I’d like to share some thoughts on Emotional Intelligence

Computer on wheels
Computer on wheels

I’d like to share some thoughts on EQ.
What is it and who cares?

Have you ever heard about emotional intelligence? Do you know what it is? Then you are ahead of me. I didn’t know what it was until I took a class on it.

The county recently offered a series of 5 weekly classes on becoming better leaders and improving customer satisfaction that was originally voluntary, but my boss had all supervisors go. If I hadn’t gone to the class at my boss’s suggestion, I probably still would not know what EQ is. I didn’t particularly care to find out. One of the classes was on the topic of emotional intelligence or EQ. We all know that IQ is a measure of our smarts. EQ is a measure of our ability to understand and manage our behavior and responses on a personal level as well as on a social level. I had heard the term EQ for quite a few years, but never knew what it was. I honestly thought it was some New Age philosophy.

Before taking the class we took an on-line test created by some folks who are into EQ and how it affects interpersonal relationships and business. The researchers discovered that people with EQ actually were  more productive, better leaders and managers, and better able to handle tough situations. In many businesses people with high EQ made more money than a colleague performing the same job minus the EQ. I won’t even mention my failing scores. Needless to say, I have room in several directions for improvement.

As we went through the class, which I really enjoyed, learned a lot from, and am trying to use now, discovered that a person with EQ has tact, a listening ear, allows people to help solve their own problems, provides an atmosphere where creativity and risk are accepted, and manages and corrects without a heavy hand.

One of the things discussed was how well do you know your employees? Do you greet them every day? And do you use their names? A person’s name means a lot to them, and research found higher satisfaction among employees when their first names were used. I know my name is important to me, so much so that I want people to spell my nickname correctly (y please, not i or ie.) and pronounce my last name appropriately. It really irks me when people mispronounce my family name even after they have been told how to really say it. I appreciate it when the boss walks by and instead of ignoring me or grunting a greeting, actually takes a second to say hello, look me in the eye, and use my first name.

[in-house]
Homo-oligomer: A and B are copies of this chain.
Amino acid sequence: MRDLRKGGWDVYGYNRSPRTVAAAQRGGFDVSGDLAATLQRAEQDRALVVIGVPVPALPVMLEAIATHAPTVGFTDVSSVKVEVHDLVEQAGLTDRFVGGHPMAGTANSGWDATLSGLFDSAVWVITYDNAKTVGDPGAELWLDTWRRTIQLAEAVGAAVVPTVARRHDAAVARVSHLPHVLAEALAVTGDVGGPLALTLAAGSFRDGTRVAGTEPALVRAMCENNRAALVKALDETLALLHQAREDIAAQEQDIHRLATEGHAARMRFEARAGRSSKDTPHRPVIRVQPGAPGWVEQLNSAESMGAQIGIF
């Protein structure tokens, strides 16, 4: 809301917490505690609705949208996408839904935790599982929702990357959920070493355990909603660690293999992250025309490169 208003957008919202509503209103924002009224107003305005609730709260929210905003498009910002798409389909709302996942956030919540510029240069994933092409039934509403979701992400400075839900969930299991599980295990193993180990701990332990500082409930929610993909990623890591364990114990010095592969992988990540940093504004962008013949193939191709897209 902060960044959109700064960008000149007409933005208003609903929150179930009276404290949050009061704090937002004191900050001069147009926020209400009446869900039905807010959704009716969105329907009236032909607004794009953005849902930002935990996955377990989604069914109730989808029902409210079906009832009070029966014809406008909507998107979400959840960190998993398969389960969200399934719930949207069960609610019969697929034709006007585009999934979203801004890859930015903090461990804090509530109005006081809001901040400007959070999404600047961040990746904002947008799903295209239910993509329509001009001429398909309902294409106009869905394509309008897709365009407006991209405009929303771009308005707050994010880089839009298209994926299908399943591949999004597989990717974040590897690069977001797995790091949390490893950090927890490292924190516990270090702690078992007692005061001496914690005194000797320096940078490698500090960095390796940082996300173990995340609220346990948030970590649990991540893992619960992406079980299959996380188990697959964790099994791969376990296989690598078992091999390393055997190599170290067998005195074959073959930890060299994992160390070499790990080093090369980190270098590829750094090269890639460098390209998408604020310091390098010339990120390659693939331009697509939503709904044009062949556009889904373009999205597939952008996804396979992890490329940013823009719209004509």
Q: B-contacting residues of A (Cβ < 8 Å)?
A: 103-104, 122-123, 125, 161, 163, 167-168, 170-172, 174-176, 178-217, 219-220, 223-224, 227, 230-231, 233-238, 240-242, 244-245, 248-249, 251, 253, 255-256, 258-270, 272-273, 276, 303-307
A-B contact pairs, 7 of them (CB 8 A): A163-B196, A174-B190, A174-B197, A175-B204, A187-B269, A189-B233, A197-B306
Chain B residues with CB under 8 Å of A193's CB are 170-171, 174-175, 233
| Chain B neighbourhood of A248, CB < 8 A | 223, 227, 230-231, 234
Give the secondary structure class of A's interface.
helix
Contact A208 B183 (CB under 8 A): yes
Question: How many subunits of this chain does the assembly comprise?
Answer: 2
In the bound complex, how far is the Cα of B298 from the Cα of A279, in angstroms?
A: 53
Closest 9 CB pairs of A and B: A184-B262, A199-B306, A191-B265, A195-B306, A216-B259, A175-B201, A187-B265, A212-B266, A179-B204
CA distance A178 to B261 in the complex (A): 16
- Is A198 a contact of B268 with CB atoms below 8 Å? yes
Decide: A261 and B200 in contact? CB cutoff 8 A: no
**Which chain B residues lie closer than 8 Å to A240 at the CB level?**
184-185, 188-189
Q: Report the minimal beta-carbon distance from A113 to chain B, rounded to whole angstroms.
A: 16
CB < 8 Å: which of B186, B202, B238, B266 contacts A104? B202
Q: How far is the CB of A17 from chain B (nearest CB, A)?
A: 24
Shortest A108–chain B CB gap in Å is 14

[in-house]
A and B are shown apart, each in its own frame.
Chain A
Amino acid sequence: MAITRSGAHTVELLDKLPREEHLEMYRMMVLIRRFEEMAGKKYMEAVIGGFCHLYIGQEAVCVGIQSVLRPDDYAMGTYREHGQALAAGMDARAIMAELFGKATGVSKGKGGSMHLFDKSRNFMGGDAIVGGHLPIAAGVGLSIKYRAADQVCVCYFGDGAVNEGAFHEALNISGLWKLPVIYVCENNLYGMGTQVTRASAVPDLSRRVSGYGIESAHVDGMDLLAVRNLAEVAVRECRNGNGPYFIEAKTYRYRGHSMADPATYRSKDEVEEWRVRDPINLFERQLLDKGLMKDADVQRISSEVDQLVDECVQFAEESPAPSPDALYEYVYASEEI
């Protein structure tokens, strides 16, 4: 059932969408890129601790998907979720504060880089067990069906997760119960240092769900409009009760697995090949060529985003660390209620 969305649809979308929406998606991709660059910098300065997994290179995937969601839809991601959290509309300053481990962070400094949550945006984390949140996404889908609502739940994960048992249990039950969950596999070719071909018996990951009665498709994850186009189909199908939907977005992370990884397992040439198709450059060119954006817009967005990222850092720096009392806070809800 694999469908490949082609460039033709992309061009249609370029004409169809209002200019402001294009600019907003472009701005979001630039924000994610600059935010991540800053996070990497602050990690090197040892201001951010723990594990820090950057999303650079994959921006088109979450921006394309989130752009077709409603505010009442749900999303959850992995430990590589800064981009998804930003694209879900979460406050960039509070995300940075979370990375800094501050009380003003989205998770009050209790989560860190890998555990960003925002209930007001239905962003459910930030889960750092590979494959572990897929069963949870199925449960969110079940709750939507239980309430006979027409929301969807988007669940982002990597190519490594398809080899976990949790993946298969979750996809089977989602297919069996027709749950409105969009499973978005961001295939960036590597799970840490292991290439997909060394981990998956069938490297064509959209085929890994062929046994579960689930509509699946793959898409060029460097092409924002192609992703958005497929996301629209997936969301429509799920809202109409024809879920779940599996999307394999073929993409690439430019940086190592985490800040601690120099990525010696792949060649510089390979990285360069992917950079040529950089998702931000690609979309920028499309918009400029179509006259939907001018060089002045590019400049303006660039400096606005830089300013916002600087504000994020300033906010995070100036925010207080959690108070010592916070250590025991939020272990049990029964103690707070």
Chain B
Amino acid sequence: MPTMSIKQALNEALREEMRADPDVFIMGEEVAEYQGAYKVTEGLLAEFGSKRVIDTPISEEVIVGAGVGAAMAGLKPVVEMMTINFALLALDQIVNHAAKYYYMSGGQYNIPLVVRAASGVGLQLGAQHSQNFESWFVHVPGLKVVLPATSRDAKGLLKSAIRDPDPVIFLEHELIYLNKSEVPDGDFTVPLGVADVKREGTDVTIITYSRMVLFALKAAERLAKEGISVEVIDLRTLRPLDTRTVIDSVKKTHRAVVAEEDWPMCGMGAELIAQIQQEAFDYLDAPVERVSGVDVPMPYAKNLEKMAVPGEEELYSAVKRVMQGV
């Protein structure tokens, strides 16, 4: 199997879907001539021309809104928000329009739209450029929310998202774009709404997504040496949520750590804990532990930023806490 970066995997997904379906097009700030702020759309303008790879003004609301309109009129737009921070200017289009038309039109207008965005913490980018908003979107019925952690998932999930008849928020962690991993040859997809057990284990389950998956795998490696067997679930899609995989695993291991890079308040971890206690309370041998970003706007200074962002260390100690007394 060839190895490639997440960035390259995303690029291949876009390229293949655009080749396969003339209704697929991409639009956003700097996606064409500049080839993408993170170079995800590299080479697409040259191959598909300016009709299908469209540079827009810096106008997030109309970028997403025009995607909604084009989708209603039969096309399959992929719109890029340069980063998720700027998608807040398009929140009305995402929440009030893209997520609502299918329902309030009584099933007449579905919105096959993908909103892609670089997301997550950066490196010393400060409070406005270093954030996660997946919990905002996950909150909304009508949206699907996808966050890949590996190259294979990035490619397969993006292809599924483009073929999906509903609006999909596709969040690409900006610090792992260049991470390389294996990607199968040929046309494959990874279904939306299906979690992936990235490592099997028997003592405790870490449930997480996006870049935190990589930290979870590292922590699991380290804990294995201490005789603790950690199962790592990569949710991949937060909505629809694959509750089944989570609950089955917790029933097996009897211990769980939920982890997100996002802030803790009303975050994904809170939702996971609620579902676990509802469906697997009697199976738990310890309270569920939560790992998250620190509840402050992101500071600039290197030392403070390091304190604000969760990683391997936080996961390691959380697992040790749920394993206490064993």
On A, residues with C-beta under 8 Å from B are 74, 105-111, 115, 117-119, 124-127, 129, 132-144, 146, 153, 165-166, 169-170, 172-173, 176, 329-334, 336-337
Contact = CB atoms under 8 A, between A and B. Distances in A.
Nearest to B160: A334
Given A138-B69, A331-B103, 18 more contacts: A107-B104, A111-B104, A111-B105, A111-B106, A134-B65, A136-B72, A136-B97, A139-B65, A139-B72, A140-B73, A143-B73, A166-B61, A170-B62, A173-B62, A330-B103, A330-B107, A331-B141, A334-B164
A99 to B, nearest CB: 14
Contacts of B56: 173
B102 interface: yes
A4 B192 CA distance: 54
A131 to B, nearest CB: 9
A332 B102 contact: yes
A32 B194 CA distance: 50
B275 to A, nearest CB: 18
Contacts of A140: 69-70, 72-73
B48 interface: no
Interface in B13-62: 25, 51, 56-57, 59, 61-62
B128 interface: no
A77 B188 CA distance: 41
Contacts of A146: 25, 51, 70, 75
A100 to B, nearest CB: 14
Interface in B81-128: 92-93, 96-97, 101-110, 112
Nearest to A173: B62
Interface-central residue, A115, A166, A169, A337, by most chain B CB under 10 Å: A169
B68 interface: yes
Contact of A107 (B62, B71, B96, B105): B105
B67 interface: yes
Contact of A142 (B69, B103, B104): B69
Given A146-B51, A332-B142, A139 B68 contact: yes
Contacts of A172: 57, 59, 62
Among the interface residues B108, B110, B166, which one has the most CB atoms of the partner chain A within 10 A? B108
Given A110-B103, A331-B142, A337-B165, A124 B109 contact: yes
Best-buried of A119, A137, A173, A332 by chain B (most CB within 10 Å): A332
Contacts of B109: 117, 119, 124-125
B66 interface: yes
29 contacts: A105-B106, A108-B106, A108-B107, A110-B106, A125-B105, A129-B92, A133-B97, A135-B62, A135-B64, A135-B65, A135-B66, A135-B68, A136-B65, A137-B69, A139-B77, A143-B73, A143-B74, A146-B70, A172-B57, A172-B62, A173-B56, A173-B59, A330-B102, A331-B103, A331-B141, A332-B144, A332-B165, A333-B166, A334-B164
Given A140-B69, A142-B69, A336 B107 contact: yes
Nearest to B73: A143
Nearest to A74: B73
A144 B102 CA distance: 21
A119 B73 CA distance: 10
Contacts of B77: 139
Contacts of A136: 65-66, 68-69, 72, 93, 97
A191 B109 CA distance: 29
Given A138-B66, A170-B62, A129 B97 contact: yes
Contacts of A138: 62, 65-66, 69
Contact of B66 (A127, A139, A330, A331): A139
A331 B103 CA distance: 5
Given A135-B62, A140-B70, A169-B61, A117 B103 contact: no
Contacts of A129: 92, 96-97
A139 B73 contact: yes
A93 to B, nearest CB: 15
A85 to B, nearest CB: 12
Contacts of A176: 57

What does this have to do with anything? I am glad you asked. I was talking with the person in charge of my homeowner’s fees and she handed me a copy of a fax sent to her regarding me. Here is the message: “Has INSERT MY LAST NAME paid her monthly fees yet?” Hmmm. Just my last name, huh? I know my parents gave me a first name, and it is clearly listed on my HOA paperwork.

I realize that many attorneys and paralegals are lacking in personal people skills. However, could the paralegal from Grimmell et al Law Firm who sent this offensive e-mail, have used my first and last name and avoided shouting by not typing my last name in all capitals? I know the e-mail wasn’t intended for me to see, but dang! I am a person. It showed a complete lack of respect for me as a human being. I was just an account and a check stub. It really made me think of Bob Seger and the Silver Bullet Band’s song, “Feel Like A Number.” I found it to be exceedingly rude.

This type of address would not work in my field, which is nursing. I actually don’t think it works in human relations anywhere. Well, maybe the military where they call out your last name, “Jones, drop and give me ten push-ups.” But outside the military? Hmmm. Could you picture me sending an e-mail to another nurse that sounded like this, “Did you give JONES his enema?” Or, “the breast case is in OR 10.” Or how about, “HENSON, hurry up and finish that admission!”

This would not go over to well. I am serious. Not very EQ, right? It doesn’t foster warmth towards the employee or the person in question. After hearing an anecdote about a COW, I no longer use the term “COW” for our computers on wheels. I will say the “rolling computers.” Here’s why…

An obese woman had just had bariatric surgery. In case you might not know what bariatric surgery is by that name, you will probably know it by the name of gastric bypass. It is a serious surgery to help obese people lose weight when dieting, etc. has failed. Anyway, she was in her room and heard a nurse say loudly that the “COW” was in room 10, which happened to be her room. Ouch! Can you imagine what that woman must have thought and felt? The nurse wasn’t calling the patient a COW, she was letting someone know that the computer on wheels happened to be in the bariatric surgery lady’s room. She just hadn’t thought about what she was saying and how it might sound.

We must always keep our EQ skills on ready. Something innocent like that could have disastrous consequences.

I was really tempted to write this paralegal a letter telling her that I was more than my last name and that I felt her lack of politeness was offensive. I was even tempted to make a pointed comment about her last name. However, I gained control of my evil side, decided to be EQ about it, and not write that letter that was so clearly written in my mind. There is also that thing about forgiveness and turning the other cheek.

Unfortunately, I am pretty sure that my EQ score just got flushed down the toilet, just like the results of an enema does, by mentioning her in my blog post. Oops! I think I had better attend that class again.

Blog You Later!

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